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cfortunato
cfortunato, Attorney
Category: Bankruptcy Law
Satisfied Customers: 8023
Experience:  Bankruptcy professor.
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I was recently married. My new husband filed bankruptcy before

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I was recently married. My new husband filed bankruptcy before we got married. His lawyer submitted his bankruptcy payment paperwork incorrectly and the wrong amount has been deducted from his pay each month since his payments began. Now his lawyer wants his last 3 months of pay statements and is requesting copies of mine as well. Can they really consider my income to determine what his payments should be on debt he and his ex-wife incurred before we met??

cfortunato :

Hi JACustomer,
All income - including the income of a non-filing spouse - that comes into a debtor's household is taken into account when determining what the debtor's monthly plan payment should be. This is so, even though the debts were incurred before the couple were married. However, any income from the non-filing spouse that is not used for the debtor's (your husband) expenses gets deducted before arriving at the monthly payment amount.
In other words, if your income is $10,000 per year, and you contribute nothing to your husband's household expenses, then none of that income would be included for determining your husband's monthly payment. However, if your income is $10,000 per year, and you contribute $3,000 to your husband's household expenses, then $3,000 would be included when determining your husband's monthly payment.

cfortunato :

If it is any consolation, your husband's Bankruptcy has no affect on your husband's ex-wife's obligation to pay the debts that are also in her name.

cfortunato :

In other words, your husband's Bankruptcy cannot discharge her liability to pay those debts, only his liability to pay the debts. She will remain completely liable for any debts discharged that are also in her name.

cfortunato :

 


I think this is what you wanted to know. If not, please let me know.
Thank you.

cfortunato :
cfortunato :

I will switch to non-chat. Please let me know if you see the answer now.


 

cfortunato and other Bankruptcy Law Specialists are ready to help you

Hi JACustomer,
All income - including the income of a non-filing spouse - that comes into a debtor's household is taken into account when determining what the debtor's monthly plan payment should be. This is so, even though the debts were incurred before the couple were married. However, any income from the non-filing spouse that is not used for the debtor's (your husband) expenses gets deducted before arriving at the monthly payment amount.
In other words, if your income is $10,000 per year, and you contribute nothing to your husband's household expenses, then none of that income would be included for determining your husband's monthly payment. However, if your income is $10,000 per year, and you contribute $3,000 to your husband's household expenses, then $3,000 would be included when determining your husband's monthly payment.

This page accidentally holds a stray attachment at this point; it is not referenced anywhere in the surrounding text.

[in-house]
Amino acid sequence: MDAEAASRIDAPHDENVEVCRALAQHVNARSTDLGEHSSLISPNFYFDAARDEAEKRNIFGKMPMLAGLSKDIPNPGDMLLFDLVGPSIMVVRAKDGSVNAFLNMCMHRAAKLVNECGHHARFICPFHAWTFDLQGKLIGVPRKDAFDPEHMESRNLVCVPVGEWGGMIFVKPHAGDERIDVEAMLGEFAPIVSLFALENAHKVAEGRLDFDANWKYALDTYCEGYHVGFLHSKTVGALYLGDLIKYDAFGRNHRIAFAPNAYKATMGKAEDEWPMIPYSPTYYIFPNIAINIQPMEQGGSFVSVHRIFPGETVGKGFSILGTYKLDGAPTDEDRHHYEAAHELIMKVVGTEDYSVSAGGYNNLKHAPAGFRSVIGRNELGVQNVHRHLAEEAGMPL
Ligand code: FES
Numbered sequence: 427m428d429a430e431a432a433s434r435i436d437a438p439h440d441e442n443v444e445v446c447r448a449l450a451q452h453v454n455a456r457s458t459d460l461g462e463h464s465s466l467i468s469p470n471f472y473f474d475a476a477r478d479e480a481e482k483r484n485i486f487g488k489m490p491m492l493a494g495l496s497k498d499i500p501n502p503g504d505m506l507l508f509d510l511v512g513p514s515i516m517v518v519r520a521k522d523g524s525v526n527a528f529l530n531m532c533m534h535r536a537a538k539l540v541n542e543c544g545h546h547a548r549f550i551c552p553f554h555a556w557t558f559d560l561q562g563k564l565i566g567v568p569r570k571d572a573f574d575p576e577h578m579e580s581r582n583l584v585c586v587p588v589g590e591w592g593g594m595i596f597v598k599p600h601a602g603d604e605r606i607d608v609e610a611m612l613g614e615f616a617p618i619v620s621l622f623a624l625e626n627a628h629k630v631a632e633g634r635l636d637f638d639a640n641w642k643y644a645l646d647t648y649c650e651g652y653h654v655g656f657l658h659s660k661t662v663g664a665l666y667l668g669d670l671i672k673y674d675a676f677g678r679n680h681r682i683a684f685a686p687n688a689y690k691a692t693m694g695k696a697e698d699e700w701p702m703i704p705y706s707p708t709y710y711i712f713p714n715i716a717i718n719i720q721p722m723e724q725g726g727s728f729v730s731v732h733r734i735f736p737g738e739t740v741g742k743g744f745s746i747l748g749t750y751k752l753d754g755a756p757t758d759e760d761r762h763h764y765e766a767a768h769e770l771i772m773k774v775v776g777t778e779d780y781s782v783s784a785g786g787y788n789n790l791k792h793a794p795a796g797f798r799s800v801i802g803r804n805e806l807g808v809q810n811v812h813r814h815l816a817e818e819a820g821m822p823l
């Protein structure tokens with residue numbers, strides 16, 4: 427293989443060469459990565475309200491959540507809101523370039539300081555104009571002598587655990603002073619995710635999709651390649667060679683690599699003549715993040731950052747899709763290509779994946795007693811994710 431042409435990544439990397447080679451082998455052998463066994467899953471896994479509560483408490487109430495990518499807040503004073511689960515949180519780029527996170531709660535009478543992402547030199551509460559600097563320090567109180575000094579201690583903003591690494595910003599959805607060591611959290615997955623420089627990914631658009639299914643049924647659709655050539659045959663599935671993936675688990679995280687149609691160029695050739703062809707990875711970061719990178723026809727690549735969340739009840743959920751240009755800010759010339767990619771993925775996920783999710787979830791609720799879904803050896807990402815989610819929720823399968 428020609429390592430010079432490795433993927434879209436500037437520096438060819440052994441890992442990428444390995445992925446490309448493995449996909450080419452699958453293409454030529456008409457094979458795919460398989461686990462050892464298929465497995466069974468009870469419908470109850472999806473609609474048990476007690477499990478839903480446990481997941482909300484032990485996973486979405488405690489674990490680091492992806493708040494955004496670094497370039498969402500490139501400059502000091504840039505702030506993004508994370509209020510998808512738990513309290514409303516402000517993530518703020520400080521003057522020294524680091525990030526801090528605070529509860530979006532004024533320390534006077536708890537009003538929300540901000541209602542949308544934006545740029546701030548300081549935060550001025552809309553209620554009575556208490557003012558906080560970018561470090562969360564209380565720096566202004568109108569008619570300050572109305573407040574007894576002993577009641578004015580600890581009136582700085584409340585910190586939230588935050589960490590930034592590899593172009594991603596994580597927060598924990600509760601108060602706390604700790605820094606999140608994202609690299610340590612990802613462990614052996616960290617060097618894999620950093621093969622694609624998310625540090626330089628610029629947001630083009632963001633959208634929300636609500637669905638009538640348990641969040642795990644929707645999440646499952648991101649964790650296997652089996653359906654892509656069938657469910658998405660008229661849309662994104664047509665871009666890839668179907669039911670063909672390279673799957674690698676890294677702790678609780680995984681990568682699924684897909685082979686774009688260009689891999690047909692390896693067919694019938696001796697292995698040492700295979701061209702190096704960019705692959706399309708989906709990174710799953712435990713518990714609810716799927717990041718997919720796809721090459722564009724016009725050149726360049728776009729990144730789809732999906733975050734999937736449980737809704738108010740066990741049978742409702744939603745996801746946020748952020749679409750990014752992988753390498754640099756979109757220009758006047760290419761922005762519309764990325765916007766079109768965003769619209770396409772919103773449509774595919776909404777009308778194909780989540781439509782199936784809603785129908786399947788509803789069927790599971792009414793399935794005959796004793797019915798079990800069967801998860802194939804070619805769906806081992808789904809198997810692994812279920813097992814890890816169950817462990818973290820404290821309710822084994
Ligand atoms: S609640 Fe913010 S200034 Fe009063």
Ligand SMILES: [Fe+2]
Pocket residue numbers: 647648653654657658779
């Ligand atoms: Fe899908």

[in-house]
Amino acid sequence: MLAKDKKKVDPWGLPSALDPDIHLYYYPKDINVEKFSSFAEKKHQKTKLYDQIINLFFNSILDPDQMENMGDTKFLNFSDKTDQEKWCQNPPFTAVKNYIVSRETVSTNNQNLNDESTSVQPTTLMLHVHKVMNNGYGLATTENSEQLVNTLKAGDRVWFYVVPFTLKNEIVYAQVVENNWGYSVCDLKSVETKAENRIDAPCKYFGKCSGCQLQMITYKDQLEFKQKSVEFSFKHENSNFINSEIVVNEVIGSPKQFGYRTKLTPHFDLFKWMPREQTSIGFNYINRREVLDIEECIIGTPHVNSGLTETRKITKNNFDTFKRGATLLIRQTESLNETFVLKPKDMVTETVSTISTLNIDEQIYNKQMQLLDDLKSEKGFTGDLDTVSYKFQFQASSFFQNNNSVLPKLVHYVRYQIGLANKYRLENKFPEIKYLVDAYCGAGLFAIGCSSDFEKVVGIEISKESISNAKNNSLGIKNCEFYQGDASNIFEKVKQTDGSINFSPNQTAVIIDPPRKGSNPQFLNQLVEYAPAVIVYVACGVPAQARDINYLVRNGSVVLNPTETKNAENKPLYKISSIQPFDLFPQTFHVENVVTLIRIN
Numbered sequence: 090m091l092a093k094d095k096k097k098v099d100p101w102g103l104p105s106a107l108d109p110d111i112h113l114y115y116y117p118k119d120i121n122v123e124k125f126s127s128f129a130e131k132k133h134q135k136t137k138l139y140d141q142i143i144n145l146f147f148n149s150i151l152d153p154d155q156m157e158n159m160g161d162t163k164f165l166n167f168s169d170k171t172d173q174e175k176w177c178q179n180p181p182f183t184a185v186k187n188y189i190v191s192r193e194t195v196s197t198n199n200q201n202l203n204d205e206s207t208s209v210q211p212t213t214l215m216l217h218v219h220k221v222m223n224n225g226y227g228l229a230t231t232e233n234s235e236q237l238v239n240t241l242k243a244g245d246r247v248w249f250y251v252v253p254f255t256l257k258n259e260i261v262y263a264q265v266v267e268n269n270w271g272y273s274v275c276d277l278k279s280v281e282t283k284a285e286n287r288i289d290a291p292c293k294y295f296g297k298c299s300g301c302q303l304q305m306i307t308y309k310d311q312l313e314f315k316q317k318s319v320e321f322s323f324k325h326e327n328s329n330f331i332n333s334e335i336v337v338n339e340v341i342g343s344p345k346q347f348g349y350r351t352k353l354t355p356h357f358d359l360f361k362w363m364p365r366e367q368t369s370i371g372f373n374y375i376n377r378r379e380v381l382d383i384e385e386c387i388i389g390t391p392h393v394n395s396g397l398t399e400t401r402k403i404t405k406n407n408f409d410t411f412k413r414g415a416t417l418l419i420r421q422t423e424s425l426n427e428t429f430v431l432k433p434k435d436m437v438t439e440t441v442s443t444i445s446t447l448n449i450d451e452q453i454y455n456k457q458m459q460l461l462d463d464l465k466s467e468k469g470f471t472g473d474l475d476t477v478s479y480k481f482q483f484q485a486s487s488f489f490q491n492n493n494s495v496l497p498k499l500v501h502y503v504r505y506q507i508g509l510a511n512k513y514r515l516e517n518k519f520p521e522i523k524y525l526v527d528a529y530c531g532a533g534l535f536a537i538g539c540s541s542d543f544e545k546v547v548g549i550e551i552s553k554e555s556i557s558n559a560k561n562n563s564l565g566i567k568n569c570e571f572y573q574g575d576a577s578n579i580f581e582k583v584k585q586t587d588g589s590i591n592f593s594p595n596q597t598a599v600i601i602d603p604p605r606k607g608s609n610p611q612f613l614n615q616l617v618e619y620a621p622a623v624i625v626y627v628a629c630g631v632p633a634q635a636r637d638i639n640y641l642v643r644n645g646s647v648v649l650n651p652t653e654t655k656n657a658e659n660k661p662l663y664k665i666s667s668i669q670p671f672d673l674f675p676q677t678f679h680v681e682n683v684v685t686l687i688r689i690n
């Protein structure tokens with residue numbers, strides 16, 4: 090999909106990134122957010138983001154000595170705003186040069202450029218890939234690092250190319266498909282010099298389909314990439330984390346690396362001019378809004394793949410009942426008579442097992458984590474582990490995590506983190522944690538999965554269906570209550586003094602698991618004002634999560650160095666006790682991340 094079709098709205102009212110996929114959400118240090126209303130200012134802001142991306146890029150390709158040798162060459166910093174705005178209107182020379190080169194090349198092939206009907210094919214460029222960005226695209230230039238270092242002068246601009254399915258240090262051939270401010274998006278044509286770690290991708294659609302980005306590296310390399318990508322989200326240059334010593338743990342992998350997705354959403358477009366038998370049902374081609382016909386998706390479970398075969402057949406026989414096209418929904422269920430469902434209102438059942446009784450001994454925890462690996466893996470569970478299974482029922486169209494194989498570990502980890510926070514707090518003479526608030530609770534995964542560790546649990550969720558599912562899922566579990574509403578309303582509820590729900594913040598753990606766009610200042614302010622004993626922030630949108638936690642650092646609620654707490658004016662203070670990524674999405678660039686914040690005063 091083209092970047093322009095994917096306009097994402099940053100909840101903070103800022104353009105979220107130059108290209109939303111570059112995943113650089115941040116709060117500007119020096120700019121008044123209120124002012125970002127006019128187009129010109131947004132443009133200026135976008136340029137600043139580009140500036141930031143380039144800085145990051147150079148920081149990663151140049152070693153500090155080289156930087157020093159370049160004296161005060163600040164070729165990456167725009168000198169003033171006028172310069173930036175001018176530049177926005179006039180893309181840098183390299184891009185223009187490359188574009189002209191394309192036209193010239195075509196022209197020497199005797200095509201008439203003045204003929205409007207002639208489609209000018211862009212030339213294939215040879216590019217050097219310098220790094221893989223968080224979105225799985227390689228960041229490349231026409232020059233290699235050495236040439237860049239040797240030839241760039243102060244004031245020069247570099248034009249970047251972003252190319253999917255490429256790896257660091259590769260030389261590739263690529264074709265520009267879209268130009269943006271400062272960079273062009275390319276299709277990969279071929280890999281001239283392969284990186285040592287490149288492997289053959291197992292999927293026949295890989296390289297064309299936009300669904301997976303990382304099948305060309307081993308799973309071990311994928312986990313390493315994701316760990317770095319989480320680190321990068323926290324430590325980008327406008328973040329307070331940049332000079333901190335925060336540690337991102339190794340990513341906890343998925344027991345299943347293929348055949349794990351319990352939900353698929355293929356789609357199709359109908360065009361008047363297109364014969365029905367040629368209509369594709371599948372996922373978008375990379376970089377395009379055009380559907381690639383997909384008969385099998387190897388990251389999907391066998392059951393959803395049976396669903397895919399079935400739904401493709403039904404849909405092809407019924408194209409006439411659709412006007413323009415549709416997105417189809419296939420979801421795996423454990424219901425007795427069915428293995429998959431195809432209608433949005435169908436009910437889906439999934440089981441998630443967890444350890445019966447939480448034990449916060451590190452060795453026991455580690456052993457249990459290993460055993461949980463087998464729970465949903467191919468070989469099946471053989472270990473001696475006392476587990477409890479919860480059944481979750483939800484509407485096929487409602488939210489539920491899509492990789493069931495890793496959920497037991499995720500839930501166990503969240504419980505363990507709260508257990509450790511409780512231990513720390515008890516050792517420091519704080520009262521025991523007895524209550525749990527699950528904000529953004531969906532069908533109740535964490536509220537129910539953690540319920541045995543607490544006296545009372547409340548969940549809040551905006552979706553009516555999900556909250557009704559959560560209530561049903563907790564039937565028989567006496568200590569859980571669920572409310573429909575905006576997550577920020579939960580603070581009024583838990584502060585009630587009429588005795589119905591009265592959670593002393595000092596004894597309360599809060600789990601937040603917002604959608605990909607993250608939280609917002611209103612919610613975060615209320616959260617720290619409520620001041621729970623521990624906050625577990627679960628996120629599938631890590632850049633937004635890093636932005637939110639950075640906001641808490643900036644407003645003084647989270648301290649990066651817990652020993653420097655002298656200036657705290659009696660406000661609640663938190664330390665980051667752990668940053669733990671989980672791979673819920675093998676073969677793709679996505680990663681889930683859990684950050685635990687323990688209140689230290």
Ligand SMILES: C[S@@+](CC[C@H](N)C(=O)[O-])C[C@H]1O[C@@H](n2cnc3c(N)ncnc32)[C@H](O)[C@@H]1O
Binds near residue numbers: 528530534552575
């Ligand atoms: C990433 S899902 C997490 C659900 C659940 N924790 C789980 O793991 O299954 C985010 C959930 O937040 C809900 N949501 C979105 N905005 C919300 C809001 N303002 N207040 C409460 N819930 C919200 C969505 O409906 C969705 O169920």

If it is any consolation, your husband's Bankruptcy has no affect on your husband's ex-wife's obligation to pay the debts that are also in her name.

In other words, your husband's Bankruptcy cannot discharge her liability to pay those debts, only his liability to pay the debts. She will remain completely liable for any debts discharged that are also in her name.

 

I think this is what you wanted to know. If not, please let me know.
Thank you.

Customer: replied 4 years ago.
So, if the arrangement my husband and I have is that he gives me money to pay the household bills and my money is about 90% committed to bills (mortgage, utilities, gas, groceries, credit cards, medical bills, etc.), then they wouldn't be able to consider my income to determine his payments?

1) Are you and your husband living in your house?

2) What do you do with the other 10%?

Customer: replied 4 years ago.
Yes. We live in the house I've owned in my own name for 9 years now. The other 10% is for incidentals - birthday gifts, meals, maternity clothes (I'm pregnant now), car repairs (we just had a $1600 car repair), stuff like that. The rest, if there is any I try to save - which was wiped out with the car repair.

Thank you for your response.

Because none of your money goes to your husband, none of your money will be taken into account when determining his monthly payment.

But his attorney needs your income information for the Bankruptcy form. The form first asks for the spouse's (your) income, and then asks for any portion of the spouse's income that does not go to the husband (or the husband's expenses) to be deducted - so in your case the net amount would be zero.

Customer: replied 4 years ago.
Halleluiah! Smile thank you so much for your help! That makes me feel so much better. We'll certainly be struggling once they increase his payments to what they're supposed to be.
You're welcome! I am happy I was able to ease your mind!
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